Annual electricity use in the typical U.S. home has increased 61 percent since 1970.
Facts & Quotes
Rolling blackouts and electrical grid inefficiencies cost an estimated $80 billion a year.
Retrofitting public buildings to be greener would create as many as 800,000 jobs.
Moving freight by rail instead of trucks reduces greenhouse gas emissions an average of 75 percent.
The Federal Highway Administration estimates that 25 percent of congestion is attributable to traffic incidents, around half of which are crashes. According to a study published by the Eno Center for Transportation, a 10 percent autonomous vehicle market penetration rate would result in an estimated 15 percent decrease in freeway congestion delays for all vehicles, mostly due to smoothed flow and bottleneck reductions.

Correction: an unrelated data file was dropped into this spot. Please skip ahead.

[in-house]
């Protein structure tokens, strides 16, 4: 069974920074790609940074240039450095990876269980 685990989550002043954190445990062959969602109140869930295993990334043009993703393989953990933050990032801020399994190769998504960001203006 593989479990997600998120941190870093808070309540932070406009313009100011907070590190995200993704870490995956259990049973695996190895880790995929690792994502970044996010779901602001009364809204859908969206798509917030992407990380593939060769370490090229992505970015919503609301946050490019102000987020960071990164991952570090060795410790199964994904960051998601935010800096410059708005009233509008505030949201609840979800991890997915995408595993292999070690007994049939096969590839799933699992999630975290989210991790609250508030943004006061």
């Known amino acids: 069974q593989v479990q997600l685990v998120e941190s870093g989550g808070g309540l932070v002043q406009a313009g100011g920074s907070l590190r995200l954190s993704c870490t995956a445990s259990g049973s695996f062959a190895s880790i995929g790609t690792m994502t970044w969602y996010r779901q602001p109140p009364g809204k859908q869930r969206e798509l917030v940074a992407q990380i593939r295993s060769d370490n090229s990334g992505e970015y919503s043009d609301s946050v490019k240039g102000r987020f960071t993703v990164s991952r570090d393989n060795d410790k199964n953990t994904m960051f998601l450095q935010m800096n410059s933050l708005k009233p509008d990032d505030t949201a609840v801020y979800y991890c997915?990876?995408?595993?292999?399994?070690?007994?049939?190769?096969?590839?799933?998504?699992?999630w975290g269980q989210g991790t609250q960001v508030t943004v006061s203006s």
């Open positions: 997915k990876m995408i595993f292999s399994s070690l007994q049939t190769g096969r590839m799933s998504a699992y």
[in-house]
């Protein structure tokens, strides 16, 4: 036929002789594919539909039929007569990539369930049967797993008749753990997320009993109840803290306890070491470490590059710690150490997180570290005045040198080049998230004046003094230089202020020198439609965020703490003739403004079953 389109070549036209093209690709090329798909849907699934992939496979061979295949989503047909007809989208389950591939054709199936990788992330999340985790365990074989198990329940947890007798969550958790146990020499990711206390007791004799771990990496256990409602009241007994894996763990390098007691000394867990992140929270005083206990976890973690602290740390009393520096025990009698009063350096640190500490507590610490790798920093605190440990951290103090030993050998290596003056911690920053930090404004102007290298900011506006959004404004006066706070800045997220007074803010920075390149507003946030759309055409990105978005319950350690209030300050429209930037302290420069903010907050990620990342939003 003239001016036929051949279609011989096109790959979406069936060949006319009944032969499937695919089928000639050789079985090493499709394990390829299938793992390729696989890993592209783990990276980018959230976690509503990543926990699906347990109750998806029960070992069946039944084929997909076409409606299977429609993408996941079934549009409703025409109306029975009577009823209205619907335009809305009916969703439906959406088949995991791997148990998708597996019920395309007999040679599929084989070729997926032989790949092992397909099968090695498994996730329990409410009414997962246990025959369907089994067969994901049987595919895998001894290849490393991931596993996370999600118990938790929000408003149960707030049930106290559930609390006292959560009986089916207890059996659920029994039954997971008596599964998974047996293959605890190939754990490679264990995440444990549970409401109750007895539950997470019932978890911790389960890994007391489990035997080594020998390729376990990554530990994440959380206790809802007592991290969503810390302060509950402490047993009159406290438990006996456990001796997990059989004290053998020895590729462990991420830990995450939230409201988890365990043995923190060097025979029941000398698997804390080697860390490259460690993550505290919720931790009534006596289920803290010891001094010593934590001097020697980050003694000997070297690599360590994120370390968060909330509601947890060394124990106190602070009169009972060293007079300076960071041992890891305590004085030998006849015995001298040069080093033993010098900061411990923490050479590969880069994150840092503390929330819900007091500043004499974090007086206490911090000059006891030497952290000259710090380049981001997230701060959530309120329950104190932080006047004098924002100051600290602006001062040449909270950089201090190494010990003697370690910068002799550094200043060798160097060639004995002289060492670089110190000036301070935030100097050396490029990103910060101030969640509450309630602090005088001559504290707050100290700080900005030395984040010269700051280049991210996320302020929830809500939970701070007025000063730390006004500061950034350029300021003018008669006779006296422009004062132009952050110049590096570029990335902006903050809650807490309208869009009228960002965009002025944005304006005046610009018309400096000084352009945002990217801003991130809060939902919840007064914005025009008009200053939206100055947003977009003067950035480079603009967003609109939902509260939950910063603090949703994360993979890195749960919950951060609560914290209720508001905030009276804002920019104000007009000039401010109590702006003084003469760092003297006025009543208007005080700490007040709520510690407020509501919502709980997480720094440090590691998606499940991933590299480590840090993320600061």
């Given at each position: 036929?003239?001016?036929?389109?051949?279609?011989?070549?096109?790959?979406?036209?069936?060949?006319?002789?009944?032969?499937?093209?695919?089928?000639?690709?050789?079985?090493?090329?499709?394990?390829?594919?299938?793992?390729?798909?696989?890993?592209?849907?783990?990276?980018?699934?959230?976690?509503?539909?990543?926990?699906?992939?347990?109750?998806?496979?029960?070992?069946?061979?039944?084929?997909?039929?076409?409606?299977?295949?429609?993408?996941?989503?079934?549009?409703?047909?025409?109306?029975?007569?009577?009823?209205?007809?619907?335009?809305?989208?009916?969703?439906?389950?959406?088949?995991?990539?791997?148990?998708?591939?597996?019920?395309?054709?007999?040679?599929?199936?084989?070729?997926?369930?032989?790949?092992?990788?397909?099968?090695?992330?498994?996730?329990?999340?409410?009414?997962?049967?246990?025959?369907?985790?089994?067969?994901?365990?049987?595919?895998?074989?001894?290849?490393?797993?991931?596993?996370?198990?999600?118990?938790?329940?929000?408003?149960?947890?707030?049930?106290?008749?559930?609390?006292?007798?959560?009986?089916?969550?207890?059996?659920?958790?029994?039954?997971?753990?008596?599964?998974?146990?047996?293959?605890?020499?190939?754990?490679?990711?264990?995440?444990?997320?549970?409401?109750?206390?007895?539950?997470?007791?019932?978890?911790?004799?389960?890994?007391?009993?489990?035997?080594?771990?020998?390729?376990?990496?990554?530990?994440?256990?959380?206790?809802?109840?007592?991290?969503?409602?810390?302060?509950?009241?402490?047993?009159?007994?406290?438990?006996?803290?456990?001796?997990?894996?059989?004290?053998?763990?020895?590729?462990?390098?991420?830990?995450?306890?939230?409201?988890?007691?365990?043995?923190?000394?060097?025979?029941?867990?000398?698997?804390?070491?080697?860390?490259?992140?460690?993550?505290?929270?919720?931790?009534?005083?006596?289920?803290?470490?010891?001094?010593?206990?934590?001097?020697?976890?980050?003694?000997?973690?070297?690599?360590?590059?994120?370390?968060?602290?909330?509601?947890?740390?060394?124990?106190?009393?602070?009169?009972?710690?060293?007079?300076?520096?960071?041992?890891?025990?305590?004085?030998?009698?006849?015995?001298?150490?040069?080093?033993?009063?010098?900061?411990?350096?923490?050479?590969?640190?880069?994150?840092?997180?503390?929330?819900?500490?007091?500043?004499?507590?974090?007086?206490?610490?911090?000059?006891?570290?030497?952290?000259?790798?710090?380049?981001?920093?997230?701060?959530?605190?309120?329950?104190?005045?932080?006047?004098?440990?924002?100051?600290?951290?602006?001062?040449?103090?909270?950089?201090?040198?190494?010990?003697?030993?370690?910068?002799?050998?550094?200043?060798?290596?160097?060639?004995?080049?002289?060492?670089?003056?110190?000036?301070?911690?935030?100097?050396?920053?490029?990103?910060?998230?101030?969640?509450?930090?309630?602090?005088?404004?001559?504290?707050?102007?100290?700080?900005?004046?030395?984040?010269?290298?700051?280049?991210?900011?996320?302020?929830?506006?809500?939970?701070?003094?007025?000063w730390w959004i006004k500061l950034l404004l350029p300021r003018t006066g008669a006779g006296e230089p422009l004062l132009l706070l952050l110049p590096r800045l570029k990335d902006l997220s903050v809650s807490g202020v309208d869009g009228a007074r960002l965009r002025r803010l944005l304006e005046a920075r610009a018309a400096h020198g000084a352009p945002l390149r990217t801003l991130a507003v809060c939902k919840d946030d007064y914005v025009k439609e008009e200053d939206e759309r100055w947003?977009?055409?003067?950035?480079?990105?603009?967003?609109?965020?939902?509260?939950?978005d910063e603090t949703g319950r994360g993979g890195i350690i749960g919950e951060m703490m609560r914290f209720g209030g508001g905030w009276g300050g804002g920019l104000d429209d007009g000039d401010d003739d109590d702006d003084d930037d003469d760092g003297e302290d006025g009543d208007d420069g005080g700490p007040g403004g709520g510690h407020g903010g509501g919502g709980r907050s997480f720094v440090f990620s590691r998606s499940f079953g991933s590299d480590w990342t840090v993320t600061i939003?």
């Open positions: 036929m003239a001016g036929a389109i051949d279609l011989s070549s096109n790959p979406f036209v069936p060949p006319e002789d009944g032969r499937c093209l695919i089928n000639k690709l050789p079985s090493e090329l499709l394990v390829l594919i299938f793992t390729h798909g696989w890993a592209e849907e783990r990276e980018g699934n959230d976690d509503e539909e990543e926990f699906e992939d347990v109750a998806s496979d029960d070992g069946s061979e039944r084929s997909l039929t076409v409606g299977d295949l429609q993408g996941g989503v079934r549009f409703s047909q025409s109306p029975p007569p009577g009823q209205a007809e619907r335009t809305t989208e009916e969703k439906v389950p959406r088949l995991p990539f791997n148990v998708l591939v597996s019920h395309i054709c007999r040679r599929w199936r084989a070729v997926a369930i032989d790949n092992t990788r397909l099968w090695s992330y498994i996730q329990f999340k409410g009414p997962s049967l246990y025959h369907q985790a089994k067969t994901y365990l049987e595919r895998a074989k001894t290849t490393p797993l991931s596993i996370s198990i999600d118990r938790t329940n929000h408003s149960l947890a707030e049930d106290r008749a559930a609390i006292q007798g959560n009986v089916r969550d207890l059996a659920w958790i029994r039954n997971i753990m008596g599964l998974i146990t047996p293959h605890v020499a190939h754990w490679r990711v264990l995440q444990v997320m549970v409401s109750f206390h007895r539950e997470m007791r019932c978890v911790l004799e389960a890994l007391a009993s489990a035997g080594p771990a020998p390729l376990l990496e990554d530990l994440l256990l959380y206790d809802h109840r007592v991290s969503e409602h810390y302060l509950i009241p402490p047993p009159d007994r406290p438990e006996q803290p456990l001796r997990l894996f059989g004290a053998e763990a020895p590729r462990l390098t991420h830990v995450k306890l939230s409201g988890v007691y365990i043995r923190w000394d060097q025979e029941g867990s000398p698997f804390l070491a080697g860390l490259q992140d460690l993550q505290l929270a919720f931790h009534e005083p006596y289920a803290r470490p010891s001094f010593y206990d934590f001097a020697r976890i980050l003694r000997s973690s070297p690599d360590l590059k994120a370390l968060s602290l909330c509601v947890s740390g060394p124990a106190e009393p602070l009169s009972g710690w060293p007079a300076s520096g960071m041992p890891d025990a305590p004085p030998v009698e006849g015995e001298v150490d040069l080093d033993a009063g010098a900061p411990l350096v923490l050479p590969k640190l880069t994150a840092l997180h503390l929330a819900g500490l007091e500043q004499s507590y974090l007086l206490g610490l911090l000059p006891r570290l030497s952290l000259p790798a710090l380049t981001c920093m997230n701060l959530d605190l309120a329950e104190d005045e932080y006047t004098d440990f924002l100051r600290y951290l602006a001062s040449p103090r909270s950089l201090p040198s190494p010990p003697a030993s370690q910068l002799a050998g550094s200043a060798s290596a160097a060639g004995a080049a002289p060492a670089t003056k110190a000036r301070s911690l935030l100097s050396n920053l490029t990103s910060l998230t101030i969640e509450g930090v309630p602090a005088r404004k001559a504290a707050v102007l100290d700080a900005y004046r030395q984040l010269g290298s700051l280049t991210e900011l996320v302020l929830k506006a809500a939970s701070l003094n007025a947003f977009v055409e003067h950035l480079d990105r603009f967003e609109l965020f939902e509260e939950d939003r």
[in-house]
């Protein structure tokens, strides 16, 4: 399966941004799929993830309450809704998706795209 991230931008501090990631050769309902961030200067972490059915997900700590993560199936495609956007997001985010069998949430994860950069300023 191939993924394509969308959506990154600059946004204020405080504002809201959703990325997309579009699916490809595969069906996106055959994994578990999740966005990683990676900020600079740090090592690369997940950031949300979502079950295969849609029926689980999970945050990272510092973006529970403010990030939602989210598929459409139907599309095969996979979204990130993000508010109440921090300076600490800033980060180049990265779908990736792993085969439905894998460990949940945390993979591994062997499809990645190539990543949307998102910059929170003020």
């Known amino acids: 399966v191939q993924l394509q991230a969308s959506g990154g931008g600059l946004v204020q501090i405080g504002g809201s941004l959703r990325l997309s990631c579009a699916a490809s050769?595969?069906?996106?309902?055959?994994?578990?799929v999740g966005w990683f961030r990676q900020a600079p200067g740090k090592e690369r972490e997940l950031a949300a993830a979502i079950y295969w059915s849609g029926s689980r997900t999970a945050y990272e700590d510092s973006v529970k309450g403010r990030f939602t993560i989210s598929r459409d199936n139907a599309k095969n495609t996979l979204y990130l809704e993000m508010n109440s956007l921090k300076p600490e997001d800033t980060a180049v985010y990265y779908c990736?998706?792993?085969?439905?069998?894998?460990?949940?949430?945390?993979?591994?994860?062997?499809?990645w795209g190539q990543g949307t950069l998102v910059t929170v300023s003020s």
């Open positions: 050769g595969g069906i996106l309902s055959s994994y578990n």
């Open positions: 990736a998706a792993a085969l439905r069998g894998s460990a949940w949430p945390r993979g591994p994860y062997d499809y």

According to a University of California, Berkeley study power outages account for roughly $80 billion annually in total losses to communities across the U.S. Based on that calculation, the Electric Power Board (EPB) of Chattanooga estimates that community losses in its service area are roughly $105 million annually. However, due to its SmartGrid Chattanooga has achieved outage reductions of 60%, saving the community $50 million or more each year in lost productivity, lost product, and lost sales.
A Department of Energy (DOE) smart grid demonstration project in Olympic Peninsula, Washington found that consumers save 10 percent on their utility bills.
Smart appliances costing $600 million can provide as much reserve capacity to the grid as power plants worth $6 billion.
The US intelligent transportation systems industry generates more than $48 billion in revenue for the US economy.
The U.S. Environmental Protection Agency estimates that approximately 4,000 to 5,000 miles of drinking water mains are replaced annually.
The United States loses approximately 6 billion gallons a day—enough water to supply the entire state of California.
A significant water line bursts on average every two minutes somewhere in the United States.